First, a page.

Her mouth was beginning to taste sour. She thought of getting a glass of water. Maybe she should get up altogether and eat some breakfast. No. She pulled the blankets up again and rolled over. What time was it? She turned the sheet down from her nose and peered at the clock: 9:22.
Alicia groaned aloud and reached her arm out.
“hehehehehe” a voice giggled softly into her ear.
Alicia suddenly hiccupped –
“– hehehehe –”
– and began to laugh. She dropped the receiver to the floor and curled up into a little ball, tears welling in her lower lids and threatening to drip down onto her pillow. Cecil purred and moved closer but she kept laughing. The knot in her stomach felt like a big fist and she clutched her arms around her middle, rocking restlessly on the bed. Cecil nosed at her face inquisitively and licked at a salty trace on her right cheek. Alicia pushed him away, hiccuped once more and stopped. I can’t stand this anymore. She looked at the wall, then at the clock. 9:31. Another twenty-nine minutes....Maybe she could just call him herself, as usual. Maybe he wouldn’t mind – it was past nine-thirty already...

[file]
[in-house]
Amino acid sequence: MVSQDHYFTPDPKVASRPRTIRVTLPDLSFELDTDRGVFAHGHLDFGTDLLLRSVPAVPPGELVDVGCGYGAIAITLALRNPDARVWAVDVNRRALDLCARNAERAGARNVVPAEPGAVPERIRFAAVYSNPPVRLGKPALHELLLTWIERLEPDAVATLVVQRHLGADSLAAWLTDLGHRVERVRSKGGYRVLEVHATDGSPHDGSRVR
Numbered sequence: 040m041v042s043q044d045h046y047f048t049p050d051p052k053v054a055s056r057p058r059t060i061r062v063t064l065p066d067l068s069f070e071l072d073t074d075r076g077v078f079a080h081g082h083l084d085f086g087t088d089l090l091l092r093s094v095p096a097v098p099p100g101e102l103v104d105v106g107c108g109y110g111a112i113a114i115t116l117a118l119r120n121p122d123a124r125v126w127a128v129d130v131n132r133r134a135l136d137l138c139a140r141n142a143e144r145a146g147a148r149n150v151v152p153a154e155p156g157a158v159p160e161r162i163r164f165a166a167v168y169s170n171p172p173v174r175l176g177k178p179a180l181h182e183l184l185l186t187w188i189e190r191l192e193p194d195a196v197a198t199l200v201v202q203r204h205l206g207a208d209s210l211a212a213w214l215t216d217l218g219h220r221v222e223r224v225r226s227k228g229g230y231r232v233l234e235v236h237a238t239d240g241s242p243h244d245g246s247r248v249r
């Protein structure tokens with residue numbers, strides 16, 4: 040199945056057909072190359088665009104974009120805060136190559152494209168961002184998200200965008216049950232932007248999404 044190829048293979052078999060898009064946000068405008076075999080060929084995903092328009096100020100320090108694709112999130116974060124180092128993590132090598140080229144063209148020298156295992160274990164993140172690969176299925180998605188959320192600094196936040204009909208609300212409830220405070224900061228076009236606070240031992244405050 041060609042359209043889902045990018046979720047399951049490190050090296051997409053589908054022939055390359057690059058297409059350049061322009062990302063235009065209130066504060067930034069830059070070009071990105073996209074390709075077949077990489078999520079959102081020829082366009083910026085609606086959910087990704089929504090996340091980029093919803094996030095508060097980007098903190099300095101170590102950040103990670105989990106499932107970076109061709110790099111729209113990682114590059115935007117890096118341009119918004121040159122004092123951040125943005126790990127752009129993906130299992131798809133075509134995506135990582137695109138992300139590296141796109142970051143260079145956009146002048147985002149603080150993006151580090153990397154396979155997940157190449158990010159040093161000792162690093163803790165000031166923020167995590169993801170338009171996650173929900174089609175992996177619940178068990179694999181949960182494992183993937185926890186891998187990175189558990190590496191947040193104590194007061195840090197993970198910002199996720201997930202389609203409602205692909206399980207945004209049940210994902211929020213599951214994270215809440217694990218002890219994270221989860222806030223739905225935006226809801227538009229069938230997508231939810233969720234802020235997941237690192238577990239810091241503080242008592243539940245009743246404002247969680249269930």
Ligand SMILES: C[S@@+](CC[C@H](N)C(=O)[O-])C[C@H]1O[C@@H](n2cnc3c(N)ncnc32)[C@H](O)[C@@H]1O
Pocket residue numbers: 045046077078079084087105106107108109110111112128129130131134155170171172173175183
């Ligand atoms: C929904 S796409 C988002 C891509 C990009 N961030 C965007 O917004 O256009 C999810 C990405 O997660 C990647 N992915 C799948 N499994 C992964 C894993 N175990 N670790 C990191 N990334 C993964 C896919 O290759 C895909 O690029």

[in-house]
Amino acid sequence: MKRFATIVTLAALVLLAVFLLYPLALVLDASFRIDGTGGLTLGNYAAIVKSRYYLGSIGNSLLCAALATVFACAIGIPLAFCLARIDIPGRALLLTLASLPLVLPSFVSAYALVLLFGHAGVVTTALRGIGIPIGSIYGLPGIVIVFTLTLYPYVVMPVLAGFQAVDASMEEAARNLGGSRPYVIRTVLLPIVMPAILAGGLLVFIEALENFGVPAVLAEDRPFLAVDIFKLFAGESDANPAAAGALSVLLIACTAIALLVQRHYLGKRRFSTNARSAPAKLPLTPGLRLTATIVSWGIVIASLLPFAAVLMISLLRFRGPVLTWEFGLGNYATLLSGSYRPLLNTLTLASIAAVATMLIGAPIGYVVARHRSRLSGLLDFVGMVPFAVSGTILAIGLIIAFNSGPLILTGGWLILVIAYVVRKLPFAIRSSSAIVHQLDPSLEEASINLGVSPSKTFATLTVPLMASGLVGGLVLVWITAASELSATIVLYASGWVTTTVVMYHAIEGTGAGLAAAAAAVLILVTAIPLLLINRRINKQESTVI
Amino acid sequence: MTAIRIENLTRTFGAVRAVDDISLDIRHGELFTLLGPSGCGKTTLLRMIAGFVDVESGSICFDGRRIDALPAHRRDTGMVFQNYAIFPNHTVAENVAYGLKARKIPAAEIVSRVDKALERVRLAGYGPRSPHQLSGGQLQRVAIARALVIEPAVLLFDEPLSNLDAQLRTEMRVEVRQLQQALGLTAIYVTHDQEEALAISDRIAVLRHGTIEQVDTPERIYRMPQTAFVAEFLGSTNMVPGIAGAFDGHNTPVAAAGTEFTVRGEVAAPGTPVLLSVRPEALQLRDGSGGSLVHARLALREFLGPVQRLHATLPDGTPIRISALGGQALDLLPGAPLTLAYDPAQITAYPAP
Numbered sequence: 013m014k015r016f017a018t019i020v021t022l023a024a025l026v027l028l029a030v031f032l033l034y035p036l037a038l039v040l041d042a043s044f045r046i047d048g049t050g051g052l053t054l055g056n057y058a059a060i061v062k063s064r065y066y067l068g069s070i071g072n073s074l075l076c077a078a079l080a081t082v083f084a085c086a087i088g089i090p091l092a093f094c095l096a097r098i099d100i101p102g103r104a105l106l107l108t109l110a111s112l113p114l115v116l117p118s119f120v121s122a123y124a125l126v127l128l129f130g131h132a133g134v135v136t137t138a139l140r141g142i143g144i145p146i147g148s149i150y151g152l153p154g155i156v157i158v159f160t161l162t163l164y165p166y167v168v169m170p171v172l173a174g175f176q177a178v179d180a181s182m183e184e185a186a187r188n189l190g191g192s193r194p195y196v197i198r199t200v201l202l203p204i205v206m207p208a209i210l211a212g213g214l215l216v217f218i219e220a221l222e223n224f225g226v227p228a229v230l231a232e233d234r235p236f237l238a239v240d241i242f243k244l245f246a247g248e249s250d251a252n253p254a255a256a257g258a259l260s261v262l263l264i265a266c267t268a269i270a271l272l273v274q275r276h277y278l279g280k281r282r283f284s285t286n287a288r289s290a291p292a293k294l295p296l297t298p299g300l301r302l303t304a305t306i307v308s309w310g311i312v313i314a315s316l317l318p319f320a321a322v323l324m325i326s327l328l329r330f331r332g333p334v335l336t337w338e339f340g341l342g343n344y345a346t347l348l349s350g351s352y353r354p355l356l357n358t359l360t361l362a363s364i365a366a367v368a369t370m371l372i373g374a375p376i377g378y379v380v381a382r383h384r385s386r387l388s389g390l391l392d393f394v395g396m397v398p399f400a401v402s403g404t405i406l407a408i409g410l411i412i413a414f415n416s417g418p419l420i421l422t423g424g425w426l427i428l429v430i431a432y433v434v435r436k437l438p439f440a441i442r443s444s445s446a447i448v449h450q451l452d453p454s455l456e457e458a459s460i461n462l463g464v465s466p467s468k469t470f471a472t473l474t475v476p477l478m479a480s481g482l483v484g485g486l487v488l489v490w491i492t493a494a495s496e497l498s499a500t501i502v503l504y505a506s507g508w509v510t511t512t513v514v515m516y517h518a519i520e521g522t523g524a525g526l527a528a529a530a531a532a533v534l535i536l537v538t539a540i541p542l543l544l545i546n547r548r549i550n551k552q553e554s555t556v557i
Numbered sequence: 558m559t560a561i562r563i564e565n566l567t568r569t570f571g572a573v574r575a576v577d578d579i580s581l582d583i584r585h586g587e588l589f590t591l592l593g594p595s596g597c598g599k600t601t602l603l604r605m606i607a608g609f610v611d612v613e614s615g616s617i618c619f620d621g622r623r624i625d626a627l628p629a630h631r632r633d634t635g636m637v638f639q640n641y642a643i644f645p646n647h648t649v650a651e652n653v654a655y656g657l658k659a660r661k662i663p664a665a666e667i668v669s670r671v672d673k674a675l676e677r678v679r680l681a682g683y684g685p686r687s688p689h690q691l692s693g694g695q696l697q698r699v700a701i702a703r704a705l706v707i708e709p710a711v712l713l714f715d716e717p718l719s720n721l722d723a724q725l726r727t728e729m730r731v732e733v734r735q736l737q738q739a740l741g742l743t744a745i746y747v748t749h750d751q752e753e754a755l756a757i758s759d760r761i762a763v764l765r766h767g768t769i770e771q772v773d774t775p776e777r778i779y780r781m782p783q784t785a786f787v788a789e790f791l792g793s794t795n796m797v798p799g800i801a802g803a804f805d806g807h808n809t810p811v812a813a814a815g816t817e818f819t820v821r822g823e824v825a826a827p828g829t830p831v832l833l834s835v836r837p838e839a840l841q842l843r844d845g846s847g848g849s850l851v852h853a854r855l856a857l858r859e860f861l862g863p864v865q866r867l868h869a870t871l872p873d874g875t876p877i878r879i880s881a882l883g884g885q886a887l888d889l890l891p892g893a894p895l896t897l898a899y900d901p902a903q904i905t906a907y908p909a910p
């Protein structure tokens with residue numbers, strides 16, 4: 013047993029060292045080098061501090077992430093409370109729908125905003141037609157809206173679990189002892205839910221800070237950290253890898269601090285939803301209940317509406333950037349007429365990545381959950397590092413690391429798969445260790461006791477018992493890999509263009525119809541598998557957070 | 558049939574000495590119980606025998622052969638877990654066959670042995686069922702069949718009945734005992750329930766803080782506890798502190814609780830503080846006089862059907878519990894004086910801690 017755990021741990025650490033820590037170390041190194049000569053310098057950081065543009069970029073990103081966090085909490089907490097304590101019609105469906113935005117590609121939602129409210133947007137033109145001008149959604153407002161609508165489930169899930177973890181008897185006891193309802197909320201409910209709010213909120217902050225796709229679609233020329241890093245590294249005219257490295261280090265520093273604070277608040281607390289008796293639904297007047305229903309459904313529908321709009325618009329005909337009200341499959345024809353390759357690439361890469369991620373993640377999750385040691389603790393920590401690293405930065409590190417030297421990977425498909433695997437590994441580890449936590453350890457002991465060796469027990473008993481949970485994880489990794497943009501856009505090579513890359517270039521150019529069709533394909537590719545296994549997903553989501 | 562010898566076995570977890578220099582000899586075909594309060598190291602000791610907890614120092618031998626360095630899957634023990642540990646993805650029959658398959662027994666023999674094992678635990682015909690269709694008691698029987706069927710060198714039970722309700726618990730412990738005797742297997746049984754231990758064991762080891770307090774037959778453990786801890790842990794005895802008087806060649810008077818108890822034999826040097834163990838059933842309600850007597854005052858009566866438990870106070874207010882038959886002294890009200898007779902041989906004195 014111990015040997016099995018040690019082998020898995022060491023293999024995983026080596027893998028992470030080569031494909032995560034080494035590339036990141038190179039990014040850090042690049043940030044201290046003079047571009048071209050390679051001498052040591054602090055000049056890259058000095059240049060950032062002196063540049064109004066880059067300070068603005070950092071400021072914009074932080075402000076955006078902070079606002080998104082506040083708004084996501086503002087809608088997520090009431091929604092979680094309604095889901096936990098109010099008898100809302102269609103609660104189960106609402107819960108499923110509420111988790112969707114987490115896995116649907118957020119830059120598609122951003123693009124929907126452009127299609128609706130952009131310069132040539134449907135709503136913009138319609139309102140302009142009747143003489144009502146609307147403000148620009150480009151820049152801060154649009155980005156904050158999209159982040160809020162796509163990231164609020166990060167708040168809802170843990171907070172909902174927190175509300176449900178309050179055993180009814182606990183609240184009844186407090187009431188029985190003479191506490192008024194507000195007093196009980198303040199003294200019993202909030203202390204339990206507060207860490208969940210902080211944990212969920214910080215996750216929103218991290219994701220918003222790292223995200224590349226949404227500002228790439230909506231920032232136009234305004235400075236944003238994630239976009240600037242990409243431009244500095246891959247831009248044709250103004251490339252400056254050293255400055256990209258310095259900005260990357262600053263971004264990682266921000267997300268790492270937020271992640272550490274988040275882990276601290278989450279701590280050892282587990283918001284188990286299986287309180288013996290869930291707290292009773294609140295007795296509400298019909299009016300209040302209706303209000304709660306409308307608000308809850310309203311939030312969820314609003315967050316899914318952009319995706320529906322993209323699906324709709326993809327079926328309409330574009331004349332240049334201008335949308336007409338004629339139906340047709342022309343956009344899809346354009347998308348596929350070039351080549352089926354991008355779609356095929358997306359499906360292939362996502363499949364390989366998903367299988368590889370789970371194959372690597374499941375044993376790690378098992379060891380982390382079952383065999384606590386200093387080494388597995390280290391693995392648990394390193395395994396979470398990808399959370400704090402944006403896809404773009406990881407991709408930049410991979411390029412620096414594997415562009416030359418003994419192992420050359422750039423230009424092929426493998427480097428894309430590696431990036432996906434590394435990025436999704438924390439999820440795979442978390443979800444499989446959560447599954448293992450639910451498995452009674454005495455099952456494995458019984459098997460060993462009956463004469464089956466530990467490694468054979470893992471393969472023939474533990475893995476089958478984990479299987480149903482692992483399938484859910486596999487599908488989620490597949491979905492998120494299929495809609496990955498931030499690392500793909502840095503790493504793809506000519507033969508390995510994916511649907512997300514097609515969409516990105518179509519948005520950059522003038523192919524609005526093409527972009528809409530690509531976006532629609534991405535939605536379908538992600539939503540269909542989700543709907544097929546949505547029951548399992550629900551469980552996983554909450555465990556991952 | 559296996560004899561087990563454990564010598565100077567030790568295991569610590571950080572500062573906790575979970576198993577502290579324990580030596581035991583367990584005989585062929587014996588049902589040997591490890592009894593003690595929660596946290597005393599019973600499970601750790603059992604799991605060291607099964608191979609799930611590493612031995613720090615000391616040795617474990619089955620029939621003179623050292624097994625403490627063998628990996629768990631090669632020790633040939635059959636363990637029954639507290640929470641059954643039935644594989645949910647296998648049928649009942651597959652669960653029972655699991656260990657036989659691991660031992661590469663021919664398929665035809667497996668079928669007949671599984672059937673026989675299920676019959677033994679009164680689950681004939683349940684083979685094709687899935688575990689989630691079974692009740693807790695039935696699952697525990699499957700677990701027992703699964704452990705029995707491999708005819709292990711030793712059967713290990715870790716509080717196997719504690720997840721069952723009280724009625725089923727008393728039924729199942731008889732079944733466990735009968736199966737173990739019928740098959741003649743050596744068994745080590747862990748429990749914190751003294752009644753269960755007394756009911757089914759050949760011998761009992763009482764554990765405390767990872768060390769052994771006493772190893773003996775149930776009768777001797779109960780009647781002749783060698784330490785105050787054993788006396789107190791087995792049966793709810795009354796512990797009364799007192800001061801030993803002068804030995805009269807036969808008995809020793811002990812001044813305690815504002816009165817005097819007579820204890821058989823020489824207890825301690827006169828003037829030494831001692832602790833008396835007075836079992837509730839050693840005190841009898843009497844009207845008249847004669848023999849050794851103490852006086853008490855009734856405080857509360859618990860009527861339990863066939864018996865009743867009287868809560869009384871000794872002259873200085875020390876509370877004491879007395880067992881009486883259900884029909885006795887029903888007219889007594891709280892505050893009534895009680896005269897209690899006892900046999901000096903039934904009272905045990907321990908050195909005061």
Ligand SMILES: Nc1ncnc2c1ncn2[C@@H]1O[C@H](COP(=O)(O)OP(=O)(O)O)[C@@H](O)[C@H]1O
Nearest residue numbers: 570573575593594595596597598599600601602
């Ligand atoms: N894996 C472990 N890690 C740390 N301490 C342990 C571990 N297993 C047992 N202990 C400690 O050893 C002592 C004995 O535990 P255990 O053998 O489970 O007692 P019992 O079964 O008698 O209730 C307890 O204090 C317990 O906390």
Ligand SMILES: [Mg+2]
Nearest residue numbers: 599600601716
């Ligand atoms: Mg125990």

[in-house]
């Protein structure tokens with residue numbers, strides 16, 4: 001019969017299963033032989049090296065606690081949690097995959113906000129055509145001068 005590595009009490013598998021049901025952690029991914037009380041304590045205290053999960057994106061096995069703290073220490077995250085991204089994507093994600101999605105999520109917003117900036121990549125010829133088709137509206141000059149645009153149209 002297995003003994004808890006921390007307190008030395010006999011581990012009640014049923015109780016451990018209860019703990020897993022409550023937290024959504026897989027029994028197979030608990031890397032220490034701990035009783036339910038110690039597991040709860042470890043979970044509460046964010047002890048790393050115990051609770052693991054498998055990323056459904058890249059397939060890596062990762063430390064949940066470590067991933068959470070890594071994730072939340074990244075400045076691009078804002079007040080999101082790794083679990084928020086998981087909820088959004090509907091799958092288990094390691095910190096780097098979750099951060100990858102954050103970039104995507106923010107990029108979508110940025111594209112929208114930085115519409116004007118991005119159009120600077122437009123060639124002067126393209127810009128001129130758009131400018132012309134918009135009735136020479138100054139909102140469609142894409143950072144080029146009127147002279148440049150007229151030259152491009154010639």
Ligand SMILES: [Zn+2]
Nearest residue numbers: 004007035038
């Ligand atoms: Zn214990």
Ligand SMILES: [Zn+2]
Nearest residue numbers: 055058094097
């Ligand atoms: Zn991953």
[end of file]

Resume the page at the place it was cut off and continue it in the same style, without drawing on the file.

She leaned over and picked the receiver off the floor.
“–you can never hide – hehehehe –”
Alicia slammed the receiver down hard enough to crack it in two. She waited, trembling. Counted to ten. Lifted the receiver. An innocent-sounding dial tone greeted her ears.
Her fingers shook as she began to dial. Missed the third number – redialed; waited.
One ring. Two rings. Three. Would he answer? Four. Five. A click.
“The number you have dialed is no longer in service.”
“Alicia? Hello, Alicia? It’s your true love, haha. It’s me. Happy Birthday.”
Outside the sun was just poking its head through a fat grey cloud.